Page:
macerating strawberries
Macerating fruit does two things. First, it draws out moisture, and, second, it firms the fruit so it won’t turn to mush when baking.

Macerate strawberries. Rinse and hull the strawberries. Quarter each and toss into a colander set over a bowl. Sprinkle with 3 tablespoons of sugar, and stir. Let sit for 1 hour, stirring every 15 minutes. This will toughen the fruit, and will remove some of the juices.

adding balsamic vinegar
The balsamic vinegar will give this pie a tangy taste.

Add apple and vinegar. Place the berries in a bowl, and grate the peeled apple over them. Add the balsamic vinegar, and stir to combine.

dry ingredients
It’s easiest to measure the brown sugar with a scale; no packing needed.
dry ingredients
It’s okay if a few small lumps of brown sugar remain, just as long as they aren’t any bigger than a pea.

Mix drys. In a medium bowl, mix together the brown sugar, sugar, cornstarch, pepper, and salt. As a reminder to those who use a scale, use it to measure brown sugar. It’s far easier than packing it into a measuring cup. We also did that for our cornstarch, since we were near the end of the box and couldn’t easily scoop it out with a measuring spoon. Once you’ve measured out everything, use a fork to break up the brown sugar and mix everything fairly thoroughly.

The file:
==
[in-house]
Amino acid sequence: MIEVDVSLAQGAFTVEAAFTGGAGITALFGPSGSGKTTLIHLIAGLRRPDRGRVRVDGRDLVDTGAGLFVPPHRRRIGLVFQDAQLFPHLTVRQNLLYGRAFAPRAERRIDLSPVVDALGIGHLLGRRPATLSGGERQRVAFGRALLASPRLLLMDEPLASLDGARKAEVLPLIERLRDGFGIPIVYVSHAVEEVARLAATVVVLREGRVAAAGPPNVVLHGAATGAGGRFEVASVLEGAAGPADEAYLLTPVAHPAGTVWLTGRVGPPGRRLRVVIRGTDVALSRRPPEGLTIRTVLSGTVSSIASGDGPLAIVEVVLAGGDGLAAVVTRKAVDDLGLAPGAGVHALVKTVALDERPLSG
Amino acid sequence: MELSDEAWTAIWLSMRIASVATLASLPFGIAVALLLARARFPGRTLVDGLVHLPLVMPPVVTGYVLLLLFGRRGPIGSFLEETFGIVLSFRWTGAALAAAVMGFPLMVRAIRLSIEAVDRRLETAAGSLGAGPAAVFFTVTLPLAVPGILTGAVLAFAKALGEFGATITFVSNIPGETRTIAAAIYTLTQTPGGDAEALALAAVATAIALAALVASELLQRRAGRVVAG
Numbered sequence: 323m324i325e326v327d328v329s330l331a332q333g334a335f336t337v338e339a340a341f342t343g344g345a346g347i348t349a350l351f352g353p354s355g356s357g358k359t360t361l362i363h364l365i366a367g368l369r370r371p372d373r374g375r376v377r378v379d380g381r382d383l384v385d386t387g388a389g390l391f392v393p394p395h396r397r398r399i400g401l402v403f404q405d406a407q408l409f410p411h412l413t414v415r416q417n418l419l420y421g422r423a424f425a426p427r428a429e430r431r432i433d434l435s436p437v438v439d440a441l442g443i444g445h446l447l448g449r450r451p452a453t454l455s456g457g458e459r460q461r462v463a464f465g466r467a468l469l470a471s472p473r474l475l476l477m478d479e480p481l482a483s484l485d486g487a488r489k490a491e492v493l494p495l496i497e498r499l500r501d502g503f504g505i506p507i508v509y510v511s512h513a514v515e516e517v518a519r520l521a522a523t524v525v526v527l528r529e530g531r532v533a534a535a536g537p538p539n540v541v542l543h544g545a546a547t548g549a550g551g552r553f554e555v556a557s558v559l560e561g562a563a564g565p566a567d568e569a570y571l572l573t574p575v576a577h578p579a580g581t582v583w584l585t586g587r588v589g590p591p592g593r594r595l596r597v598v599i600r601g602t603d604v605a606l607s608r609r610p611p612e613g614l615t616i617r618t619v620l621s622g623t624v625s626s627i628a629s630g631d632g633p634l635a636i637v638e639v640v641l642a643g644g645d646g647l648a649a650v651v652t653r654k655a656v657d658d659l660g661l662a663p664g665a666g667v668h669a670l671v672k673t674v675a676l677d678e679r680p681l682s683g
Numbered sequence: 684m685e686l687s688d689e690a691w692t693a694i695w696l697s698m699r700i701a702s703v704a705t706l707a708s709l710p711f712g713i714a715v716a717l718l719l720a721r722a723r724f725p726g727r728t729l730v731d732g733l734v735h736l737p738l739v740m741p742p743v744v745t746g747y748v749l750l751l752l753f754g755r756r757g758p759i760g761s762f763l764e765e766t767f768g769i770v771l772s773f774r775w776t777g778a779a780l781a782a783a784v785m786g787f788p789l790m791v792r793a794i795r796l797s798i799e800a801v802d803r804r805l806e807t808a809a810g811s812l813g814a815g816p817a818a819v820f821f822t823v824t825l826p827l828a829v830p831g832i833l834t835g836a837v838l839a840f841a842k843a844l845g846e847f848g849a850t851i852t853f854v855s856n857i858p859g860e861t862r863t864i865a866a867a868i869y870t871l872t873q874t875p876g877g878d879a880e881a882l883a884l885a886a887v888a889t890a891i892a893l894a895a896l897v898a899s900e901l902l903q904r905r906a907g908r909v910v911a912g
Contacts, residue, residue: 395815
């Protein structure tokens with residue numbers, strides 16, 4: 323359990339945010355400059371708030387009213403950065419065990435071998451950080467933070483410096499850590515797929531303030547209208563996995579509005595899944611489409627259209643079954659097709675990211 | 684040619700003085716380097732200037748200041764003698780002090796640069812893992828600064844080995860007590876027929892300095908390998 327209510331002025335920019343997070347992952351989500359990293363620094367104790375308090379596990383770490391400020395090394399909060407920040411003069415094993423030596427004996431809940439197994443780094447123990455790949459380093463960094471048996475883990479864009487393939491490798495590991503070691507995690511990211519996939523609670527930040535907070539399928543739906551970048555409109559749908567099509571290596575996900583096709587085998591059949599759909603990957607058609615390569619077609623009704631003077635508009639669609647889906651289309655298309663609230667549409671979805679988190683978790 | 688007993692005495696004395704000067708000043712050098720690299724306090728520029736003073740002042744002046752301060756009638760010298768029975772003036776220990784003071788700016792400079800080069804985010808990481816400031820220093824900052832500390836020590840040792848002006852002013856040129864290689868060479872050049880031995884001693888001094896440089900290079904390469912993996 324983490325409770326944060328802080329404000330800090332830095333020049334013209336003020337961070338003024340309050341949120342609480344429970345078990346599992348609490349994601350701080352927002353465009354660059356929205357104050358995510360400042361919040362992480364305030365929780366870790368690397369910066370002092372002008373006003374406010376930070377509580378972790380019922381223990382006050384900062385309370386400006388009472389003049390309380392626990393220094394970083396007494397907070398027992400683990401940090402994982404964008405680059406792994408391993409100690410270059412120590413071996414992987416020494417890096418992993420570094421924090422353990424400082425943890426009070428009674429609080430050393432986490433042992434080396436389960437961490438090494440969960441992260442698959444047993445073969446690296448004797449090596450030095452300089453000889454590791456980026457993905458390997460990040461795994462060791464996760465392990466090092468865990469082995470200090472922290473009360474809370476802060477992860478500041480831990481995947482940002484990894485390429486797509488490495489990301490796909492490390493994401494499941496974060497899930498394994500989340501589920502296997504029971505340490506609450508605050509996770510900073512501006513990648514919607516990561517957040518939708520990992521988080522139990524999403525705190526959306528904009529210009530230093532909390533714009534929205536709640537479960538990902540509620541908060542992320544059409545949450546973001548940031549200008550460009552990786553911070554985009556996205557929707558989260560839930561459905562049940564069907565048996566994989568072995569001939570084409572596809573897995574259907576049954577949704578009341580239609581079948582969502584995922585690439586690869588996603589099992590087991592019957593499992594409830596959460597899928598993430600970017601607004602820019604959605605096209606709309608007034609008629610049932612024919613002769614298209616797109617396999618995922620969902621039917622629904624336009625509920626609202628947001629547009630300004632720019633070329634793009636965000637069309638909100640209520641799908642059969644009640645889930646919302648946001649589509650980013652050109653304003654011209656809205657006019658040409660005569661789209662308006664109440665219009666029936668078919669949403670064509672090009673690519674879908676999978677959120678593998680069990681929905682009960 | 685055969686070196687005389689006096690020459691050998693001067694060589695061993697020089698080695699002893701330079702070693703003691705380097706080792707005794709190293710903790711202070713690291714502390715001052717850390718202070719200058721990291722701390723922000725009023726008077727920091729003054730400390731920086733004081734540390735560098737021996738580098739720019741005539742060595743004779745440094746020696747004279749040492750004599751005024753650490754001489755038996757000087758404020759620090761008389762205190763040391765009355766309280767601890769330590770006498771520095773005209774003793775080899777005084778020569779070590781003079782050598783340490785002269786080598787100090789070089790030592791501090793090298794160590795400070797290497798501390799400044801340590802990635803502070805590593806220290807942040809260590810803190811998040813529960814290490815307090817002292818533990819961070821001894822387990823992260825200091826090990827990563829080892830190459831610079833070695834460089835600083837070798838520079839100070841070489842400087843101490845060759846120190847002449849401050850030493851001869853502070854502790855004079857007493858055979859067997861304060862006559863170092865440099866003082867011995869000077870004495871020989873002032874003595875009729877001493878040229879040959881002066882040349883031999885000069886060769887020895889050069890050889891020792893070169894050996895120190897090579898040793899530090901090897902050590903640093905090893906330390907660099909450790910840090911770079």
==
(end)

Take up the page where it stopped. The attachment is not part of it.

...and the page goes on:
adding dry ingredients
Fold in the dry ingredients until everything is moist and you have a nice “gravy.”

Fold. Pour the dry mixture over the berries and fold until everything is moistened. It’ll take about 10 folds, at most.

pie with filling
It’s sure a heap of filling for this little ol’ pie. Expect it to overflow when baking.

Fill. Remember those pie crusts that we rolled out earlier? Get them out of the fridge and add the filling. It should be quite full, but don’t worry, because we’ll make sure to bake the pie on a rimmed baking sheet to catch any overflow (you only forget to do this once).

dough strips
The first step to making a lattice is to cut strip of dough.

Cut crust. Now, let’s make the lattice crust. It’s not as hard as you might think. First, take the crust that’s between the pieces of parchment, loosen it from both pieces, and uncover it on one side. Cut it into strips 1/2-3/4 inch wide. We used a fancy fluted wheel cutter (just because we had one). Great! We’re a quarter of the way done.